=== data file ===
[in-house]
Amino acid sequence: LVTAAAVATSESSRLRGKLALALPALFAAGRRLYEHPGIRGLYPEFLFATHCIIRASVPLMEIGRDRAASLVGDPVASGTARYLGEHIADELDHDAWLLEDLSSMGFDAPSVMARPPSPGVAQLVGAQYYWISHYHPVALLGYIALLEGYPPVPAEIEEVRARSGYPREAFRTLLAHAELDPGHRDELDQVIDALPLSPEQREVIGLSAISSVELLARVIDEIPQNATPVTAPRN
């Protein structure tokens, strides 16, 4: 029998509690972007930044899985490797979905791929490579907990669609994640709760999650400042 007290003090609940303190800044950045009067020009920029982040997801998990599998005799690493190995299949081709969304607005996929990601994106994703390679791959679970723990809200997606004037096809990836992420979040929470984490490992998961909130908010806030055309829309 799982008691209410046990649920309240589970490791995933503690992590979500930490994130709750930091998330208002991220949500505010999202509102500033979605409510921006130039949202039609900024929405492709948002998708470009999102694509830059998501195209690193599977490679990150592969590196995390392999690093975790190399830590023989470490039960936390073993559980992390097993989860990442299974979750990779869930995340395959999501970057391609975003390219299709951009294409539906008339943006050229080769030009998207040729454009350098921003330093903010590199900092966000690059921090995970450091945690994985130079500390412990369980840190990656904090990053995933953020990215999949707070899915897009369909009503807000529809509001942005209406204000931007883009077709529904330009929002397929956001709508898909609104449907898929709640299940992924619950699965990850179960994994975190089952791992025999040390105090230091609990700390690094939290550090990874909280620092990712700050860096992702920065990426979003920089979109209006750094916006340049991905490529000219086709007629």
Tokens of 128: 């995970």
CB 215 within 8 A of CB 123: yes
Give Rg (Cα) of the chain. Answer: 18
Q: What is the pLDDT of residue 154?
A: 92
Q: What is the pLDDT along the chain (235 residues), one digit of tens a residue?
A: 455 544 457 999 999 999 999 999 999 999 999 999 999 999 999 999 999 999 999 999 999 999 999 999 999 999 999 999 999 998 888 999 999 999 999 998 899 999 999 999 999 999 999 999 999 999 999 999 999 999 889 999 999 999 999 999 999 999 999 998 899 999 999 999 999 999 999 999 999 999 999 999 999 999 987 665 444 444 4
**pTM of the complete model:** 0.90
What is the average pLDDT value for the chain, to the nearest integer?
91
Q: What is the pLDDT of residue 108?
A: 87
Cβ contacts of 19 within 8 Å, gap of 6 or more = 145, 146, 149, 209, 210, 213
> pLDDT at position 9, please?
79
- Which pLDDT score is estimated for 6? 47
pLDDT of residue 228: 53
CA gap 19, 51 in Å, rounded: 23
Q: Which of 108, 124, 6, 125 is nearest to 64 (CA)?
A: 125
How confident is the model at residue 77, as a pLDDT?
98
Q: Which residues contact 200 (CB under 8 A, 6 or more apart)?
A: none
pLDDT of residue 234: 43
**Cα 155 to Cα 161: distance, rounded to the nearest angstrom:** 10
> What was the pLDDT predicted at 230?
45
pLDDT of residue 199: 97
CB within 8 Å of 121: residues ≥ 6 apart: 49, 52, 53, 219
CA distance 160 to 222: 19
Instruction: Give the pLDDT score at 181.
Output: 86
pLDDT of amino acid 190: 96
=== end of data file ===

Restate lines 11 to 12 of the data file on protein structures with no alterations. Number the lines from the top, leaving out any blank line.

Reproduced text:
**pTM of the complete model:** 0.90
What is the average pLDDT value for the chain, to the nearest integer?